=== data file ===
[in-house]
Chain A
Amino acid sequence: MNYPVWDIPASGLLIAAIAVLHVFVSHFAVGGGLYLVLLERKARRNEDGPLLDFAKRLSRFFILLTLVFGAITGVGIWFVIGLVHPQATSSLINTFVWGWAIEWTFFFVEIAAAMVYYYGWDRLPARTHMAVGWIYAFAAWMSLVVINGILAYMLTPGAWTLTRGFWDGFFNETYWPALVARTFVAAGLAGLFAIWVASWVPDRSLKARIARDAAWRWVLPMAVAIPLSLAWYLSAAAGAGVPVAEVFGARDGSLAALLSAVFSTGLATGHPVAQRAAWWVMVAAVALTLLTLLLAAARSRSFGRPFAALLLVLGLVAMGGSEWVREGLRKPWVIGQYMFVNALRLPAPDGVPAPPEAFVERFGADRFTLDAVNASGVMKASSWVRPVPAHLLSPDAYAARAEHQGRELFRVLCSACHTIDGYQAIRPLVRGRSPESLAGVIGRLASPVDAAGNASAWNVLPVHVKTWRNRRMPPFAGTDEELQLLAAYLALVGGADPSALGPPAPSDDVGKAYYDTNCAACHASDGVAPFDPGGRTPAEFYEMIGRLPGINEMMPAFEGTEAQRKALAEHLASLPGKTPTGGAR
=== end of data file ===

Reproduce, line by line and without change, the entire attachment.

[in-house]
Chain A
Amino acid sequence: MNYPVWDIPASGLLIAAIAVLHVFVSHFAVGGGLYLVLLERKARRNEDGPLLDFAKRLSRFFILLTLVFGAITGVGIWFVIGLVHPQATSSLINTFVWGWAIEWTFFFVEIAAAMVYYYGWDRLPARTHMAVGWIYAFAAWMSLVVINGILAYMLTPGAWTLTRGFWDGFFNETYWPALVARTFVAAGLAGLFAIWVASWVPDRSLKARIARDAAWRWVLPMAVAIPLSLAWYLSAAAGAGVPVAEVFGARDGSLAALLSAVFSTGLATGHPVAQRAAWWVMVAAVALTLLTLLLAAARSRSFGRPFAALLLVLGLVAMGGSEWVREGLRKPWVIGQYMFVNALRLPAPDGVPAPPEAFVERFGADRFTLDAVNASGVMKASSWVRPVPAHLLSPDAYAARAEHQGRELFRVLCSACHTIDGYQAIRPLVRGRSPESLAGVIGRLASPVDAAGNASAWNVLPVHVKTWRNRRMPPFAGTDEELQLLAAYLALVGGADPSALGPPAPSDDVGKAYYDTNCAACHASDGVAPFDPGGRTPAEFYEMIGRLPGINEMMPAFEGTEAQRKALAEHLASLPGKTPTGGAR